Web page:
The application of the concept of ‘civil society’ to China in Western academic studies is one devise for “othering” China. Despite of its vivid grassroots social life (categorized as minjian in China), academic treatises do not merit the term civil society for China. At best, civil society in China is claimed to be “nascent,” far from a mature civil society. At worst it is said to be nonexistent. This paper analyzes the reasons for the different usages of the term for China and for “the West,” including the use of the term civil society when researchers actually search for oppositional movements and the failure of separating trajectories of economic liberalization and of associational life. This definitional deficiency causes problems when it is reflected back to Chinese academic research and associational life. Too narrow definitions hinder the development of Chinese civil society, when many phenomena common in Western civil societies are defined as undesirable in China.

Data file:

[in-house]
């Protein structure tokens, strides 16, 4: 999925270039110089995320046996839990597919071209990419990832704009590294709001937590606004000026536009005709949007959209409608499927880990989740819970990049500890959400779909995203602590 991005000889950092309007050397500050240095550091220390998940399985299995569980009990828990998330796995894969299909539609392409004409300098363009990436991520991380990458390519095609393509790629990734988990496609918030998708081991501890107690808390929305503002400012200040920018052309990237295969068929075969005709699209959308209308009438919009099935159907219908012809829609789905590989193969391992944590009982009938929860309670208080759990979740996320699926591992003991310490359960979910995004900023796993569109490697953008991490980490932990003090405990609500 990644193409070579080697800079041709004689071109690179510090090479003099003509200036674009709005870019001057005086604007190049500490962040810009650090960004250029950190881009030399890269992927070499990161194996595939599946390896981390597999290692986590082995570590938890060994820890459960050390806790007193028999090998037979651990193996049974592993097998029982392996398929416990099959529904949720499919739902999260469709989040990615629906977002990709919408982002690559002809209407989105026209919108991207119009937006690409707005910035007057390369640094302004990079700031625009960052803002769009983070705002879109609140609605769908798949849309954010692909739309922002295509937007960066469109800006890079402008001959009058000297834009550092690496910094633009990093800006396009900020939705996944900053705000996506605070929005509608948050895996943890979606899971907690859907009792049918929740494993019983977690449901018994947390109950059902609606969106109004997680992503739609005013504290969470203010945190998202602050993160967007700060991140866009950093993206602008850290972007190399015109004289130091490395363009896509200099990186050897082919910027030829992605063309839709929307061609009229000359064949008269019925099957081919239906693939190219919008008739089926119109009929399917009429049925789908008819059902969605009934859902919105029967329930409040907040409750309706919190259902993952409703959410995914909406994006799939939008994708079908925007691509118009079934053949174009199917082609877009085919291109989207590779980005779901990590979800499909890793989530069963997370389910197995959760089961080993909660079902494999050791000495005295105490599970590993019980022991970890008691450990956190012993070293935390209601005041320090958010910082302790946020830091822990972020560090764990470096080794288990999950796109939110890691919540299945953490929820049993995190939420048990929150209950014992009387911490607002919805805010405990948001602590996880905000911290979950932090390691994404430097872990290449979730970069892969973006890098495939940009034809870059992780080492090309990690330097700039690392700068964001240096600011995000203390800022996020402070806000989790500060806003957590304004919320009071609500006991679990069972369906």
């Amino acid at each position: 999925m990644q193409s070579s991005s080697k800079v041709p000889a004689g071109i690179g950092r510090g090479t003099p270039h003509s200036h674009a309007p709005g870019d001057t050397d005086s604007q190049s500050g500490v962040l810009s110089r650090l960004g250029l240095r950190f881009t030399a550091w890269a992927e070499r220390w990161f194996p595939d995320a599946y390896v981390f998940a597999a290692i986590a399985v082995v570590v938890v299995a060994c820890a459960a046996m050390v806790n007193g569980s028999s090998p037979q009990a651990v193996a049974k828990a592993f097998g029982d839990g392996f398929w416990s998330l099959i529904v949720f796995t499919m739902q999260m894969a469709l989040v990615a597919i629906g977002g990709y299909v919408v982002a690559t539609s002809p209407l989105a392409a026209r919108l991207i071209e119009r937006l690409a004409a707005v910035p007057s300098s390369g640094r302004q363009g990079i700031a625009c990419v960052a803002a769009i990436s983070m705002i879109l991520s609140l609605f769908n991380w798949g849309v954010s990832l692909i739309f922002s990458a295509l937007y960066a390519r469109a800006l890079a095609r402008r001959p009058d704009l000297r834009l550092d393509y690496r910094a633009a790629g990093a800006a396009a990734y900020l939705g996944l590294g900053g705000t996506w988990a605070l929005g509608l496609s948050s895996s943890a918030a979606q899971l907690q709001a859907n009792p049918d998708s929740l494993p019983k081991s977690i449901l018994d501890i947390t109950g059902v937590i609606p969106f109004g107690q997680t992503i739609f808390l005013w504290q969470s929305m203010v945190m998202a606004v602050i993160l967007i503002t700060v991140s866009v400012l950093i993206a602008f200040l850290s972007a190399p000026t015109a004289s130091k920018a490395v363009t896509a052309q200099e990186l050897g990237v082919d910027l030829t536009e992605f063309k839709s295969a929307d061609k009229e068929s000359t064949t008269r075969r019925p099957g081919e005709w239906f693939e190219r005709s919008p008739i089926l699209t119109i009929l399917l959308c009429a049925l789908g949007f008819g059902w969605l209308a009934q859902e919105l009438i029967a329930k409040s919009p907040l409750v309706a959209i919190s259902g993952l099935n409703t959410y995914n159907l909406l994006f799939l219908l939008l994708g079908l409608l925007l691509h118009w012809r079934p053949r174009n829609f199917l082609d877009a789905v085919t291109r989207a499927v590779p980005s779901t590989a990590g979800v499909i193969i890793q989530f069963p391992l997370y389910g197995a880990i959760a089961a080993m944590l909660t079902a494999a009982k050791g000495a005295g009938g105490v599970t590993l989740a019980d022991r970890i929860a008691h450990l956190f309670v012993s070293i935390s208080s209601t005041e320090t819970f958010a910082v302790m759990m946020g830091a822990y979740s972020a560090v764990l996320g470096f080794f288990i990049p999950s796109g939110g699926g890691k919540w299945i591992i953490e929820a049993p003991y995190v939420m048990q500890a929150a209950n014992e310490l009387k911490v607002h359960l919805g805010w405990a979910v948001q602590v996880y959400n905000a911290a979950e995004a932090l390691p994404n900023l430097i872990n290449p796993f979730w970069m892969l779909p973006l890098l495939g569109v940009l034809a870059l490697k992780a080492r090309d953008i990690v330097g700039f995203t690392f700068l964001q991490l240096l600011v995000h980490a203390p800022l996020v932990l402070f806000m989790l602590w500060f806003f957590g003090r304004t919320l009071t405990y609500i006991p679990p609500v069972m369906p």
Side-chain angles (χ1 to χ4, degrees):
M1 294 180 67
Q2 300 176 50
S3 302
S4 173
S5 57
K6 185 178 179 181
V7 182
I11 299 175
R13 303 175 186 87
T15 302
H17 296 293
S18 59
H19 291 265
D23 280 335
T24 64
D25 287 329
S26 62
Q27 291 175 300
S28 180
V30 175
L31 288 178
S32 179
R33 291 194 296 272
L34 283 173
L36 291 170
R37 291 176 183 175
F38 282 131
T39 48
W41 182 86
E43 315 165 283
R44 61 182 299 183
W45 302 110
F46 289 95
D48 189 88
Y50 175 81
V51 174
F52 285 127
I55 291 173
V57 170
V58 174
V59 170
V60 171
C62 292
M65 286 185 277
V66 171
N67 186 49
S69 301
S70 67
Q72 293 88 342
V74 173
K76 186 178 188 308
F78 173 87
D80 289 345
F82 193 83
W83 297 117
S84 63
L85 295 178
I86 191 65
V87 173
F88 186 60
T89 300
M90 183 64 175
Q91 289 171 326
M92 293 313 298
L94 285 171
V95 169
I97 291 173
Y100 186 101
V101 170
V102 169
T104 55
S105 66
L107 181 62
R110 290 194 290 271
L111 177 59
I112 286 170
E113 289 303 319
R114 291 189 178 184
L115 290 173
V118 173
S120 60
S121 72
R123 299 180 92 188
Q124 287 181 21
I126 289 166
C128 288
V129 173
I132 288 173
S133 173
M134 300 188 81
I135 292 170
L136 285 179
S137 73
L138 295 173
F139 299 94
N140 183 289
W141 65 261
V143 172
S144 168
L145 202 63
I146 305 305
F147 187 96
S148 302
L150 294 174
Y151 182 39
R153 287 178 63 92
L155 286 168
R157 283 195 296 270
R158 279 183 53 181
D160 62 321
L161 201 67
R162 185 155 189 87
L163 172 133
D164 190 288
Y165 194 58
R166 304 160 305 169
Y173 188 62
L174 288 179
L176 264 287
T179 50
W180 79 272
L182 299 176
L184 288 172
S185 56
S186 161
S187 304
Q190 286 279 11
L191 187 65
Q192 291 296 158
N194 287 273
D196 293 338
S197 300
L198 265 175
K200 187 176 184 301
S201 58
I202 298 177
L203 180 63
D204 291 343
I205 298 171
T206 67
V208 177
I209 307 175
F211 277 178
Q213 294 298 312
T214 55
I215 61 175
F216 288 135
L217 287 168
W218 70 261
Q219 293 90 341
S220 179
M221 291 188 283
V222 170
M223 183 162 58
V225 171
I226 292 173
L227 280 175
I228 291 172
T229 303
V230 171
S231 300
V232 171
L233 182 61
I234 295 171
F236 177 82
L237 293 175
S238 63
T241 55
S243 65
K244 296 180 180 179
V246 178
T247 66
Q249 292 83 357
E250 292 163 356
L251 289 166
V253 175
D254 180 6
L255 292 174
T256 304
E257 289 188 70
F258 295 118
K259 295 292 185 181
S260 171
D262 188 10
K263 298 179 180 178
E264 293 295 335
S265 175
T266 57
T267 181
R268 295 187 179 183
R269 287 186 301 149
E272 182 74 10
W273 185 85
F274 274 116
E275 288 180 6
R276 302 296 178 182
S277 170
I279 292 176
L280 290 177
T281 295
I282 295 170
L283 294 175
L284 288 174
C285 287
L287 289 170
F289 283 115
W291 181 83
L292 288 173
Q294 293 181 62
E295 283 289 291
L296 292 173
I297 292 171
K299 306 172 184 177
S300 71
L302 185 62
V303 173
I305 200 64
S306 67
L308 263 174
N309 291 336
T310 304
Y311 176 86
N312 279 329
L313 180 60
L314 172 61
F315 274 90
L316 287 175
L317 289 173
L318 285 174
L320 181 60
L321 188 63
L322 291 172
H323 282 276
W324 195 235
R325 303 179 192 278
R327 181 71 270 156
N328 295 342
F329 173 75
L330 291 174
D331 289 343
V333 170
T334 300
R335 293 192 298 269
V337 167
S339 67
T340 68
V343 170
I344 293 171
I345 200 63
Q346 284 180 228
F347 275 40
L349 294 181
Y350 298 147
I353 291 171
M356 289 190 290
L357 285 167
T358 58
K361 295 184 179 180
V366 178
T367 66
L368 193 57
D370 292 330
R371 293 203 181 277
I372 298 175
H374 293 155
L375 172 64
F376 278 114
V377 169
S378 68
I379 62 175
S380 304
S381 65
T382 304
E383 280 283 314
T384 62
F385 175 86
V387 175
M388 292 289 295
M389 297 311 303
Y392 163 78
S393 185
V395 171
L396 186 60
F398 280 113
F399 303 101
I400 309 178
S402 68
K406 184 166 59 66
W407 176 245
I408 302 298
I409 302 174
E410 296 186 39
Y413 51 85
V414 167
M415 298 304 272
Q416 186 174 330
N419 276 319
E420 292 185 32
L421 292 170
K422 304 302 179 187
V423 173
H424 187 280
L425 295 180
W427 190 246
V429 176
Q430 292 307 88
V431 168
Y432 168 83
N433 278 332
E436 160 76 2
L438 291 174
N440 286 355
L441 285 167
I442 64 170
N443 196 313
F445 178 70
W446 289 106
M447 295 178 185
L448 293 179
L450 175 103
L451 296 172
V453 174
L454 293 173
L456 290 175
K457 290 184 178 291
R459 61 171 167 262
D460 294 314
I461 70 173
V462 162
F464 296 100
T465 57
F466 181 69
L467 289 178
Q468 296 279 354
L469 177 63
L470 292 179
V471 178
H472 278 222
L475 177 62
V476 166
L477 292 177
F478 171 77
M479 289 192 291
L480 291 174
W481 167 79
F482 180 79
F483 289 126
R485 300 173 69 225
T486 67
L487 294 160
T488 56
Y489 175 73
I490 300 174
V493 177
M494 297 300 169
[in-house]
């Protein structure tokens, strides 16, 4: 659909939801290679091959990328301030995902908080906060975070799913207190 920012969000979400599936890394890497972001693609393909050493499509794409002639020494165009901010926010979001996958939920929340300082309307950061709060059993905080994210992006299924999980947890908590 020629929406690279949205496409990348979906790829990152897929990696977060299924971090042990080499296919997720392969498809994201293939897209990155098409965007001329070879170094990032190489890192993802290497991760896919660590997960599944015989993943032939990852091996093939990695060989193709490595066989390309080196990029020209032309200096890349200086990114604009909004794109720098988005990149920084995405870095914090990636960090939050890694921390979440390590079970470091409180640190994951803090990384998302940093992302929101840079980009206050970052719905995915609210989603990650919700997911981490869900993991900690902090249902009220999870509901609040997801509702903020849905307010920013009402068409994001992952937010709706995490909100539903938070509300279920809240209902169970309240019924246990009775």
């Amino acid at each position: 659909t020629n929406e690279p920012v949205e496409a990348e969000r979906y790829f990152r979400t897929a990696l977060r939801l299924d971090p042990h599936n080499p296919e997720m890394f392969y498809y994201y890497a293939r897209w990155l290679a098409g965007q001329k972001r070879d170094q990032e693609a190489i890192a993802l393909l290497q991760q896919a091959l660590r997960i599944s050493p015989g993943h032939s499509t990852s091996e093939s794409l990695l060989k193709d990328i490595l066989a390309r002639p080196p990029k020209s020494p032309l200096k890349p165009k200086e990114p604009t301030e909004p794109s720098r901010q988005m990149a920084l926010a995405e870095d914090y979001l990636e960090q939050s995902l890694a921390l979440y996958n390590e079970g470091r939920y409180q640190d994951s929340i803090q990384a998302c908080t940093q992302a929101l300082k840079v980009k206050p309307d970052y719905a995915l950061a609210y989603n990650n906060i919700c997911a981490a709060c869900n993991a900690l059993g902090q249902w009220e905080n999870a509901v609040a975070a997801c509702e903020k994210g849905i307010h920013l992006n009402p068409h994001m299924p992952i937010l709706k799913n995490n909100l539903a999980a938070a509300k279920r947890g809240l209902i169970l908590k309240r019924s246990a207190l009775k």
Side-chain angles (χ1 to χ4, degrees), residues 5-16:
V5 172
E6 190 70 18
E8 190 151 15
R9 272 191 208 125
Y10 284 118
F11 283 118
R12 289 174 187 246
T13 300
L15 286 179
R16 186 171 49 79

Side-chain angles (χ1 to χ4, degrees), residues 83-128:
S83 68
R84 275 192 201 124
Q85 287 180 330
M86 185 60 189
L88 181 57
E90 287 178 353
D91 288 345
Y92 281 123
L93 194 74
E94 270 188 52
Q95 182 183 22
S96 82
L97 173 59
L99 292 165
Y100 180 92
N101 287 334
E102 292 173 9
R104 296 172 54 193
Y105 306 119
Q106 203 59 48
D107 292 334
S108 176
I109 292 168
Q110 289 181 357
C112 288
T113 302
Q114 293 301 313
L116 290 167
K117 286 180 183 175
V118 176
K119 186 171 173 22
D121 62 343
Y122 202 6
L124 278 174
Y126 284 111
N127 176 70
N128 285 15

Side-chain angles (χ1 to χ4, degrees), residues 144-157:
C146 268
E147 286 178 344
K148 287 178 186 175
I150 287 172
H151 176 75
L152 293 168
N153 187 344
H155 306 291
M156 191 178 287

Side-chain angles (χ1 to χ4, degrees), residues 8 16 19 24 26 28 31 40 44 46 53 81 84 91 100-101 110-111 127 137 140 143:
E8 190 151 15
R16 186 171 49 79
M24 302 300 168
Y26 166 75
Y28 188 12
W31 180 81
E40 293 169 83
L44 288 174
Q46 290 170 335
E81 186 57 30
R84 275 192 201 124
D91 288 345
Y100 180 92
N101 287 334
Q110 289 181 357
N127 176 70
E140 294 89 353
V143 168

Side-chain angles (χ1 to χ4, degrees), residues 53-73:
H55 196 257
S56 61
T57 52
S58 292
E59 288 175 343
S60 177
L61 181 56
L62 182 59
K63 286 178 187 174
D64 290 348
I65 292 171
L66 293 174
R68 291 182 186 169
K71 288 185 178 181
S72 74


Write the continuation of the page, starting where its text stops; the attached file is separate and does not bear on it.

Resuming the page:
May 21, 2014: Hilde De Weerdt (Leiden U): “The Communication and Empire Project: Digital and comparative perspectives on middle-period Chinese history”

June 4, 2014: Yangdon Dhondup (SOAS) “Alliances and strategic networks: Tibetan Buddhist lamas and the Qing court”

China Seminar 30 April: Chau Yung-mau An Assessment of Local Politics and Its Prospects in Taiwan

China seminar

April 30, 2014, 15:15

Arsenaal, room 001


Chao Yung-mau   (National Taiwan University and IIAS, Leiden)


An assessment of local politics and its prospects in Taiwan

Since 1950, Taiwan has built a very early and successful local autonomy. However, local politics in Taiwan is still suffering from patron-clientele politics, black gold politics, privilege politics, closed politics, power monopoly politics, informal politics and corruption. Now local politics in Taiwan is also exploiting a political evolution, an open and civil political system, decentralization, and a central-local partnership system. Those development are helpful to build public awareness in public affairs and promoting civil participation.


May 7, 2014: Taru Salmenkari (Leiden U): “Civil society concept as a tool for making the other: the case of China”

May 21, 2014: Hilde De Weerdt (Leiden U): “The Communication and Empire Project: Digital and comparative perspectives on middle-period Chinese history”